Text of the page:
Get FREE U.S. Shipping on $75 Orders*

Canalicular magnetic stimulation lacks specificity to differentiate idiopathic facial palsy from borreliosis in children.

1 Star2 Stars3 Stars4 Stars5 Stars (No Ratings Yet)



To investigate the role of transcranial magnetic stimulation (TMS) to differentiate between idiopathic facial nerve palsy (iFNP) and facial nerve palsy due to borreliosis (bFNP).


Transcranial and intracanalicular magnetic and peripheral electrical stimulation of the facial nerve together with clinical grading according to the House and Brackmann scale were performed in 14 children and adolescents with facial palsy (median age 11.5 yr, range 4.6-16.5 yr). Serum and cerebrospinal fluid (CSF) were evaluated for antibodies against Borrelia burgdorferi and CSF cell count, glucose and protein content were screened with methods of routine laboratory testing. Data of patients were compared with normal values established in 10 healthy subjects (median age 10.2 yr, range 5.1-15.3 yr).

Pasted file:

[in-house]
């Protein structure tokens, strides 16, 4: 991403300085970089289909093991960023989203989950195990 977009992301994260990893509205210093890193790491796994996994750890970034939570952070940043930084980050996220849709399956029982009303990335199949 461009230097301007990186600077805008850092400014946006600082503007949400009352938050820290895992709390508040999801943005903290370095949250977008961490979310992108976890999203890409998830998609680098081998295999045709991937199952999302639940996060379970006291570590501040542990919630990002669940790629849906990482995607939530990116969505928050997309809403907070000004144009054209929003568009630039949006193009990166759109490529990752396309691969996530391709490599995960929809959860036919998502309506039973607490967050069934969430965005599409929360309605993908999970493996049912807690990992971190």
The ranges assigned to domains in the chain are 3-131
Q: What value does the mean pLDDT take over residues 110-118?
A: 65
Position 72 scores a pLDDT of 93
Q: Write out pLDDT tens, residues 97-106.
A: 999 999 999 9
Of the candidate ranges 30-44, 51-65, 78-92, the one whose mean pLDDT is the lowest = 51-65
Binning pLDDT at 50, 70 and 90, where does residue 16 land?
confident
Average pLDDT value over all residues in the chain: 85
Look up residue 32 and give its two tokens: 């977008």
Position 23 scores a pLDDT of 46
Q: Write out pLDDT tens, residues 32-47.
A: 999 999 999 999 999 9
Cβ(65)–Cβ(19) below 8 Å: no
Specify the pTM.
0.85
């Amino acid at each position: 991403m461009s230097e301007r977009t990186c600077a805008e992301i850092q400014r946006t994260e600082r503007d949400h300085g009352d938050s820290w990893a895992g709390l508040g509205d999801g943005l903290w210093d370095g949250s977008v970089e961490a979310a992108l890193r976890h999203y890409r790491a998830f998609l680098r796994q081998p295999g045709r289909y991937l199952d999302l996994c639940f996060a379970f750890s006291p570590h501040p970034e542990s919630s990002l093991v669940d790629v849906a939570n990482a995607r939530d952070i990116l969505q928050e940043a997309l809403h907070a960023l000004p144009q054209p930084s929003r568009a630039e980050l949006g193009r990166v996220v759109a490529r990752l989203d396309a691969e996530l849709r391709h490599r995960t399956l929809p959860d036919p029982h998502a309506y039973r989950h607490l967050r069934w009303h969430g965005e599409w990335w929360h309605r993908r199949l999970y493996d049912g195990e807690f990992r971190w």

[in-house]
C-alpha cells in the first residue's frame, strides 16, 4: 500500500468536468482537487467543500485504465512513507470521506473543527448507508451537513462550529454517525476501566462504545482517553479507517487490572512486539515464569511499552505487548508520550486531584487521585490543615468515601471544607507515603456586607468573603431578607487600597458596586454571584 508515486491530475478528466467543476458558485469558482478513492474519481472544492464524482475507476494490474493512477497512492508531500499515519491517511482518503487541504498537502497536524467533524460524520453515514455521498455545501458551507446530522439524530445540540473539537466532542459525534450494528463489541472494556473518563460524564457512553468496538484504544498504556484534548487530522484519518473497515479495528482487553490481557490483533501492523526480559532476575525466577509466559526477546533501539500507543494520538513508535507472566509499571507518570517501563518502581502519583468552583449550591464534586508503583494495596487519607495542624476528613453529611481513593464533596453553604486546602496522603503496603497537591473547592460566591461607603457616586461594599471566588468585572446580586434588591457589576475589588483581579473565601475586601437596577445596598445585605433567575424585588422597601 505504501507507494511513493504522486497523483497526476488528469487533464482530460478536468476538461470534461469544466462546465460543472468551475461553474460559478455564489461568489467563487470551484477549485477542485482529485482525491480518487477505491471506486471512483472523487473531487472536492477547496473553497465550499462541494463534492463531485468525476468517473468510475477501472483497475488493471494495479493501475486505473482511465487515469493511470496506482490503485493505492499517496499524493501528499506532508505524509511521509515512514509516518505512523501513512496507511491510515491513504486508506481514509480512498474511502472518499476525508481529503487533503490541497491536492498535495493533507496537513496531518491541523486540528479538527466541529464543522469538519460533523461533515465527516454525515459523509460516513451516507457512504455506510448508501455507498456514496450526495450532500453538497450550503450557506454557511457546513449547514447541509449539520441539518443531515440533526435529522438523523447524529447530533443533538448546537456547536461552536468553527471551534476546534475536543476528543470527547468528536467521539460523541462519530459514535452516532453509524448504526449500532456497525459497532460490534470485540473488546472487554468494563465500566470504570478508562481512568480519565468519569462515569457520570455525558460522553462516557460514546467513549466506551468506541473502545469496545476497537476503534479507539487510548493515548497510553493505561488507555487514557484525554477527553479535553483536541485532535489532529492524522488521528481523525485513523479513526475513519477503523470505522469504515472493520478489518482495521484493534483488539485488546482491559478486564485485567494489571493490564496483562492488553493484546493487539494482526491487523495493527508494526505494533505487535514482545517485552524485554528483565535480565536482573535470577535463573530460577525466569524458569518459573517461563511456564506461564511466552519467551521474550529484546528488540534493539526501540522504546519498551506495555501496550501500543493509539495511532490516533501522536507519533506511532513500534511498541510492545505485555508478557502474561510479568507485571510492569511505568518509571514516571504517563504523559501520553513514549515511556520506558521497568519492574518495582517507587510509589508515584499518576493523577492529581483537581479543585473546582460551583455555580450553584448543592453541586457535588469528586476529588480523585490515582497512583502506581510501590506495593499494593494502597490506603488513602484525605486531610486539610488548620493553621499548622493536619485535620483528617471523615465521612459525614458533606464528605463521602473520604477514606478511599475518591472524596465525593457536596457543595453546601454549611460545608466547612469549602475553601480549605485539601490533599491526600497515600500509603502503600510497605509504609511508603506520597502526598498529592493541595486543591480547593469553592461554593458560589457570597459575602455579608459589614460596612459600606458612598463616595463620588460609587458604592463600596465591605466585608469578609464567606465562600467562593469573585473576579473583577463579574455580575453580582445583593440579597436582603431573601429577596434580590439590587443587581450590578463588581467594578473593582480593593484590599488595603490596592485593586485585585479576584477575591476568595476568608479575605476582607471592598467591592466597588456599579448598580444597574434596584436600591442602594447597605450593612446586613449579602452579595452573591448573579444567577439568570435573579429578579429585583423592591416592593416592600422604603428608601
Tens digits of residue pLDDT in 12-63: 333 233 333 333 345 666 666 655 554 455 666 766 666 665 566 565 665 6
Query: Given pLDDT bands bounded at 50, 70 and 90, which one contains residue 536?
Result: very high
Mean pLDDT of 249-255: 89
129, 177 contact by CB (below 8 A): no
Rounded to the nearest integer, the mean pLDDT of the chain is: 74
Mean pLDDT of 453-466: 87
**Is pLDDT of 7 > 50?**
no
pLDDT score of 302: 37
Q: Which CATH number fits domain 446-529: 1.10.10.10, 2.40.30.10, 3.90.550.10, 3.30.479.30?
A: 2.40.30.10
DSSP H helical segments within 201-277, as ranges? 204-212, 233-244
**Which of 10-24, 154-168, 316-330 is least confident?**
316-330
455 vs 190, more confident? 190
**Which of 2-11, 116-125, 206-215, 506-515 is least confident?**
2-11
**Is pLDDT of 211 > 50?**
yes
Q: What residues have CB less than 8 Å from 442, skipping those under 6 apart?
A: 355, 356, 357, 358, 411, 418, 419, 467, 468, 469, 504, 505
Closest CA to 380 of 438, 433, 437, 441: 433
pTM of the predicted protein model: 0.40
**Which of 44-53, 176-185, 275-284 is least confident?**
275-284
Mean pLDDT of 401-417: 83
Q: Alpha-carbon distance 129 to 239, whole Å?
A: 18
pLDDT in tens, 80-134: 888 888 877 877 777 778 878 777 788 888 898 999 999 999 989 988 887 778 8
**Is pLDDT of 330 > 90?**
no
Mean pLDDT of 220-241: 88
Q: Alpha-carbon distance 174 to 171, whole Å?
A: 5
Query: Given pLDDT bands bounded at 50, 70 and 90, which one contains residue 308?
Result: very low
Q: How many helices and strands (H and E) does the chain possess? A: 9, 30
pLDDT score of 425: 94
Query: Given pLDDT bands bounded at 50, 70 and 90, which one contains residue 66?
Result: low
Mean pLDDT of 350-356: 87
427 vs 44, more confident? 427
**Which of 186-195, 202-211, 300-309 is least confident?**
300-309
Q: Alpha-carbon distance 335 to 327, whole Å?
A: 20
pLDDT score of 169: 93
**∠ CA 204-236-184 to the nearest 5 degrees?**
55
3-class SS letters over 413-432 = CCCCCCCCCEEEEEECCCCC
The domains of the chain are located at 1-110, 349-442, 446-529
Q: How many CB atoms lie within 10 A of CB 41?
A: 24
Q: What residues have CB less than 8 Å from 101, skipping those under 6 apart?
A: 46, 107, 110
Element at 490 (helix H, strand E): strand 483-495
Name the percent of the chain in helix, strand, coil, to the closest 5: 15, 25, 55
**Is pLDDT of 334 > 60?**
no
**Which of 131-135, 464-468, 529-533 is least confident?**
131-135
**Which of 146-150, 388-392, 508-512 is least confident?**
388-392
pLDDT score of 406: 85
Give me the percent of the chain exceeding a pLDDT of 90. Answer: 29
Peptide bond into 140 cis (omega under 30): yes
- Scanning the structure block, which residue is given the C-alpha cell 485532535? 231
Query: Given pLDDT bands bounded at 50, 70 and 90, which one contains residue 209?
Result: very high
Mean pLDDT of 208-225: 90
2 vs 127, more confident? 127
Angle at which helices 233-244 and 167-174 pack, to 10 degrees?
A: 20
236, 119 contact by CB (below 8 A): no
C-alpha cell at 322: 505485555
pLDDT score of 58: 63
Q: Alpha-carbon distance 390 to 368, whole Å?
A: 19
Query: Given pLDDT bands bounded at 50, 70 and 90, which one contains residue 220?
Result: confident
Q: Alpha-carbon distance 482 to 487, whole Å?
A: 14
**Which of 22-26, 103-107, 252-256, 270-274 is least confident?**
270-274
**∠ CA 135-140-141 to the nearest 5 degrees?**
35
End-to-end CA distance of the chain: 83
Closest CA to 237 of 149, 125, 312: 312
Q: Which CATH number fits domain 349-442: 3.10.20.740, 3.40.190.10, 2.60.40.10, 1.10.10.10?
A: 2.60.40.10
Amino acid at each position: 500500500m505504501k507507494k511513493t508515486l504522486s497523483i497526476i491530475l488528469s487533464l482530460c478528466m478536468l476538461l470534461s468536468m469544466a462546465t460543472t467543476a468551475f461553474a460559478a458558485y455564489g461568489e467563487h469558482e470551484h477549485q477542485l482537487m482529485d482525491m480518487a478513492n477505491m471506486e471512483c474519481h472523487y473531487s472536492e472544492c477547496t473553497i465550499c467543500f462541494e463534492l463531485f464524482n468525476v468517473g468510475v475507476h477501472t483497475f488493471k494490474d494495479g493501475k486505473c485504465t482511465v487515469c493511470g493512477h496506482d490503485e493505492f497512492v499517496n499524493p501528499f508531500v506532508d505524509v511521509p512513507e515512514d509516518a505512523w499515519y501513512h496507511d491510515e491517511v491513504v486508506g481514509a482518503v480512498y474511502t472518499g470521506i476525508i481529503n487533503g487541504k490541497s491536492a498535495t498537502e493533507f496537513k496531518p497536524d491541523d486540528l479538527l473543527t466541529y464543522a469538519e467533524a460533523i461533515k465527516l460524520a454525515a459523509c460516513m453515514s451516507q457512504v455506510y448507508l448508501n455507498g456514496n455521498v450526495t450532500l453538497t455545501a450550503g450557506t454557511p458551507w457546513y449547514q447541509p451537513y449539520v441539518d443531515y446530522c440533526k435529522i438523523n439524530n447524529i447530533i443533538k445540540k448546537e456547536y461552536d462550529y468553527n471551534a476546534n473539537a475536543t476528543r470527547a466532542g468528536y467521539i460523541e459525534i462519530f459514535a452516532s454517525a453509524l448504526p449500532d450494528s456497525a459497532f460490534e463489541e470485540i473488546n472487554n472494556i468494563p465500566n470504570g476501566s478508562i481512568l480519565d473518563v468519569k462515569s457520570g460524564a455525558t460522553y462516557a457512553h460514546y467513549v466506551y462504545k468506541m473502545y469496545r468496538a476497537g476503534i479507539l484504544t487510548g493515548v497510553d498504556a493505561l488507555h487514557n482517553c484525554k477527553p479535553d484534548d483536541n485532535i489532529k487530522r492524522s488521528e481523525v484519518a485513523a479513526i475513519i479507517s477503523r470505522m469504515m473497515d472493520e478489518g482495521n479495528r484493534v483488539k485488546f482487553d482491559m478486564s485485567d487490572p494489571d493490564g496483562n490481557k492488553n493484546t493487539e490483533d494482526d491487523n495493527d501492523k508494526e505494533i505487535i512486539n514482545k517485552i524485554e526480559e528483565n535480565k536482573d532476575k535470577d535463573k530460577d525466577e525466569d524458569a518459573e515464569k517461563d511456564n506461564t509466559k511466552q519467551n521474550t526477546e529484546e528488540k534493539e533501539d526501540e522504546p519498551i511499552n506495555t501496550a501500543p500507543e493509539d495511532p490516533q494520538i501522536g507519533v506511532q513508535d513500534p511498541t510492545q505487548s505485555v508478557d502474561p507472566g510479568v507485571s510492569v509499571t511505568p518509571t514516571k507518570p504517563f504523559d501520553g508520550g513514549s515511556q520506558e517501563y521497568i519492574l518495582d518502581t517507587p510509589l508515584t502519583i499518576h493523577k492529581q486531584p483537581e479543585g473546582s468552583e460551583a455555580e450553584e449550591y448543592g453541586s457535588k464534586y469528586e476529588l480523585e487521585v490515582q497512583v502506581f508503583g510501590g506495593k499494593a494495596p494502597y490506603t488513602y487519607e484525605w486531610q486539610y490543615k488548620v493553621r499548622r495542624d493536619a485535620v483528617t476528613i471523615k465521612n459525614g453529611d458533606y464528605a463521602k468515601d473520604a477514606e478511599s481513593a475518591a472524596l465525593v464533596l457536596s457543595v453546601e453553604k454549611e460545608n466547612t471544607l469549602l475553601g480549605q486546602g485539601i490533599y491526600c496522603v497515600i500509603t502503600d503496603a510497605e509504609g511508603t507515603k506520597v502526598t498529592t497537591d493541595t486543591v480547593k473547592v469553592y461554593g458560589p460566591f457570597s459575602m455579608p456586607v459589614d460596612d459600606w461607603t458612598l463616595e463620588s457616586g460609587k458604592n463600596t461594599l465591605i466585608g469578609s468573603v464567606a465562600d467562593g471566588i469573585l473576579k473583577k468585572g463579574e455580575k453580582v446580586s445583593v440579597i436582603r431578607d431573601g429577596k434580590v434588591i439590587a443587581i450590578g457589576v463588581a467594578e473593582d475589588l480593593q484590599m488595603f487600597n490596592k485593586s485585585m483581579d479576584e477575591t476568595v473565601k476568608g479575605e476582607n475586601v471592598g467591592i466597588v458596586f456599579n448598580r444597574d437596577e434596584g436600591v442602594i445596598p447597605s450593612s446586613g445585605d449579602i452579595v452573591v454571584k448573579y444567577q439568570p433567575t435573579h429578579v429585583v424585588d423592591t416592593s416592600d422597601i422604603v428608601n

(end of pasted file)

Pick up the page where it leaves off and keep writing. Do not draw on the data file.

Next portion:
Patients with iFNP showed a significant decrease in MEP amplitude to canalicular magnetic stimulation compared with healthy controls (p=0.03). However, MEP amplitude did not discriminate sufficiently between the two groups, because the ranges of dispersion of MEP amplitudes overlapped. Patients with bFNP had normal MEP amplitudes to canalicular magnetic stimulation compared with normal subjects.


Diagnostic assessment by TMS failed to provide a reliable diagnostic criterion for distinguishing between iFNP and bFNP in children and adolescents.

Eur J Paediatr Neurol. 2008 Sep;12(5):366-70. doi: 10.1016/j.ejpn.2007.10.001. Epub 2008 Feb 21.

ProHealth CBD Store


Are you vitamin d deficient?

1 Star2 Stars3 Stars4 Stars5 Stars (No Ratings Yet)

Leave a Reply